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Treated Like Criminals

Senior Director of Strategic Alliances
LexisNexis Risk Solutions - Government

The Washington State Employment Security Department (ESD) is responsible for employment services, unemployment insurance benefits, analyzing labor market information, administering Paid Family and Medical Leave and it also helps investigate fraud related to unemployment benefits.

Sometimes investigations can be cumbersome for the victims of unemployment fraud. Seattle resident Deborah Rosenfelt received notice that her husband was being considered for unemployment benefits despite being employed. This raised suspicions that someone was fraudulently using her husband’s identity, so she contacted ESD. (The only day of work her husband missed was to handle the unravelling unemployment fraud situation.)

The bank the Rosenfelts had trusted for 25 years to keep their money safe froze their accounts after they reported the impostor fraud. The family did not have access to any of their own money. (Imagine being treated like a criminal for doing the right thing.) Chase refused to release their funds even after the family provided documentation from ESD confirming that they were not at fault for the fraud. (This is one instance when asking to speak to the manager won’t make you a “Karen”.)

Chase closed all checking and savings accounts associated with the Rosenfelts, including their teenage son’s account. (I bet Mama bear came out when that happened.) Chase claimed they were following instructions from the State of Washington by freezing the Rosenfelt family accounts.

The Rosenfelts were later told by Chase that they would be mailed a check with the money from their accounts but were not told how long that would take. Eventually, they regained access to their money and were able to transfer it to another bank. (They were denied access to money they depended on for groceries, bills, and basic survival for a prolonged period.)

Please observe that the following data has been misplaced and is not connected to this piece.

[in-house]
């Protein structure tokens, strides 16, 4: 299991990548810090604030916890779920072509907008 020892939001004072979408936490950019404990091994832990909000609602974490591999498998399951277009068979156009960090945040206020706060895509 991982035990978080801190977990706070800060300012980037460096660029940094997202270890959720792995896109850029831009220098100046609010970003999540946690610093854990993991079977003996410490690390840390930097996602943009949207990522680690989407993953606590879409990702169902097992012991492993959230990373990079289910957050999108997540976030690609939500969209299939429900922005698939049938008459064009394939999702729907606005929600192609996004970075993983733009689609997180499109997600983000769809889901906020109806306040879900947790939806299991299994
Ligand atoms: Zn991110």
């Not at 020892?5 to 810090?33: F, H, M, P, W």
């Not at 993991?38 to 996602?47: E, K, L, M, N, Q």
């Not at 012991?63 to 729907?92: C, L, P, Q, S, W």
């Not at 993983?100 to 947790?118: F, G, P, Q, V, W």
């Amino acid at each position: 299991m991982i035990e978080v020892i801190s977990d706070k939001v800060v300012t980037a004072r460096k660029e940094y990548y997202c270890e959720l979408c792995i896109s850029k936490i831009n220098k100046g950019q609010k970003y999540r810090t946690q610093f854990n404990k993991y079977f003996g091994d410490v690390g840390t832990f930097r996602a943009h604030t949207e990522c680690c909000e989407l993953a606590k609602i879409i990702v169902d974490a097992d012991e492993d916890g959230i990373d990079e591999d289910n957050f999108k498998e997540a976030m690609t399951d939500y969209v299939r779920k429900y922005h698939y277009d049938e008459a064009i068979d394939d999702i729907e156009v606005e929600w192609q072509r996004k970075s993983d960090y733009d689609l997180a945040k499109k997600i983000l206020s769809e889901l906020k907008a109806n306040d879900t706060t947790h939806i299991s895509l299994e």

ESD Commissioner Suzie Levine defended the actions taken stating that banking partners are notified so they can prevent fraudulent funds from being used. (Levine did not comment on what happens when fraud victims get caught in the bureaucratic crosshairs.) The ESD said it will continue to work with customers to help clear up situations like this one. (I’m not sure you can say they were much assistance in this case.)

Today’s Fraud of the Day comes from an article, “What to do if your bank freezes your account because of unemployment impostor fraud,” posted on KOMONews.com on July 1, 2020.

The unemployment impostor fraud investigation at the state Employment Security Department is producing new problems for innocent people whose information was stolen by crooks.

Their banks are freezing their personal accounts.

Deborah Rosenfelt said it was bad enough to discover that criminals had been cashing in on four weeks of unemployment benefits using her husband’s identity. But the punch in the gut came from the bank where they’ve held accounts for 25 years.

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